The oldest rock formations on Earth were born when meteorites pummelled into the ground over four billion years ago, according to a Nature Geoscience paper published on Monday.
A team of geologists have analysed samples of felsic rocks known for containing high concentrations of silica near the Acasta River near Great Bear Lake, the largest lake in Canada. The rocks are known as the Idiwhaa gneisses, meaning ancient in the Dogrib language spoken by the Tlicho people, an indigenous group in Northern Canada,
These rocks are believed to be around 4.02 billion years old, judging from uranium-lead dating of tiny zircon crystals lodged inside. The researchers modeled the formation process for the rocks by looking at their chemical composition and measuring the melting points for all the different minerals.
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"Our modelling shows that the Acasta River rocks derived from the melting of pre-existing iron-rich basaltic rock, which formed the uppermost layers of crust on the primitive Earth," said Tim Johnson, co-author of the paper and a senior lecturer in applied geology at Curtin University, Australia.
The iron-rich basaltic rock are known as amphibolites and contain high amounts of iron and low levels of quartz. “It would have needed something special to produce the 900oC temperatures needed to generate these early felsic rocks at such low pressures, and that probably means a drastic event, most likely the intense heating caused by meteorite bombardment,” said Johnson.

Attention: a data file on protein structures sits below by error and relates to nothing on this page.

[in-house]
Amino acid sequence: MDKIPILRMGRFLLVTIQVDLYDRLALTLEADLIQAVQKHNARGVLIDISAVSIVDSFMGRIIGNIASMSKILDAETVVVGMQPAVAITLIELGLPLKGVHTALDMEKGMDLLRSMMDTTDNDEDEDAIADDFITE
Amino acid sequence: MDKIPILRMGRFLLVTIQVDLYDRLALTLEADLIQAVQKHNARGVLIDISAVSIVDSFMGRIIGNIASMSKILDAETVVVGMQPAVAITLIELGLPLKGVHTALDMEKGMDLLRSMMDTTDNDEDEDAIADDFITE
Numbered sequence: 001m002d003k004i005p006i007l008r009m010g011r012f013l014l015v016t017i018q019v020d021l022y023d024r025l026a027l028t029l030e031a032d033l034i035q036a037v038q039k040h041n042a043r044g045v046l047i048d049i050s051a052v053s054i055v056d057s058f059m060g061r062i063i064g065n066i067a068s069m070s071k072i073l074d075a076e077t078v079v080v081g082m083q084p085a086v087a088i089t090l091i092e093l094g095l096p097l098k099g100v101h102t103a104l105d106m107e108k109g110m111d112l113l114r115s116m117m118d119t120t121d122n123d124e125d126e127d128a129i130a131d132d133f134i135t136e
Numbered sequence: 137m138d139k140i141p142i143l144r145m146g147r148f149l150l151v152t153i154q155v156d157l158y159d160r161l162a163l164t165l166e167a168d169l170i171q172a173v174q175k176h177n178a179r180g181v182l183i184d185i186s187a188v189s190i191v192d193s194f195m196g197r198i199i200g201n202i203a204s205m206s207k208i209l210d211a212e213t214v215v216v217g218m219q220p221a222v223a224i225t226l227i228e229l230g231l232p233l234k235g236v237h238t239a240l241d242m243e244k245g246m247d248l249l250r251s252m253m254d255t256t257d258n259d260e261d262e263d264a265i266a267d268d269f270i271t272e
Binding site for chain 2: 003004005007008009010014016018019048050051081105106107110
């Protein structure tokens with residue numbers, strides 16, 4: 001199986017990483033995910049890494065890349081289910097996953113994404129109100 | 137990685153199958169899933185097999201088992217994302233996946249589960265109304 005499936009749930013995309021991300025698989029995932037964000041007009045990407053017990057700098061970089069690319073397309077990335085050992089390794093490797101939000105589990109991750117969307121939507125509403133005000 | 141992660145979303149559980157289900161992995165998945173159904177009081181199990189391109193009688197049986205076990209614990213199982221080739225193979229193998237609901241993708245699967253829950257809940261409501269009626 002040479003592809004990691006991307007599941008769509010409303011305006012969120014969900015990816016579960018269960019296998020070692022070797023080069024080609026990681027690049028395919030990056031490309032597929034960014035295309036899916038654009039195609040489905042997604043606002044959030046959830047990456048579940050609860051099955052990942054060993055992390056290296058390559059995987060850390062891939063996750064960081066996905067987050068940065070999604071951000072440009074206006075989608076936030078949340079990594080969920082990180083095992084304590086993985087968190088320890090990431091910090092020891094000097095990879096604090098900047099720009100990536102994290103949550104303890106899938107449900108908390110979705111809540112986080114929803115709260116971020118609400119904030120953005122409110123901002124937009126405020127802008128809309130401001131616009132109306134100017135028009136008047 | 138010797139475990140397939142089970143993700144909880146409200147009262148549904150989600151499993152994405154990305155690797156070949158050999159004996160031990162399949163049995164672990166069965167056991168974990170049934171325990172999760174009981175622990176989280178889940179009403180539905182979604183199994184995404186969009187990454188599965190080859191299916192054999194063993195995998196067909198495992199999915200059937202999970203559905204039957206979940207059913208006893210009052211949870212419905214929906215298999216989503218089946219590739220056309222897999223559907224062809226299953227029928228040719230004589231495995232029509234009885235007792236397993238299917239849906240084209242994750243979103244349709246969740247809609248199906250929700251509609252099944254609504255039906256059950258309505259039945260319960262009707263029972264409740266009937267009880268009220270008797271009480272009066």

The meteorite bombardment would have melted rocks within the continental crust stretching to about three kilometers down to make ancient felsic rocks like those found in Canada common. But the surface shifted and changed as Earth’s plates formed and split apart.
“We believe that these rocks may be the only surviving remnants of a barrage of extraterrestial impacts which characterized the first 600 million years of Earth History," Johnson added. ®
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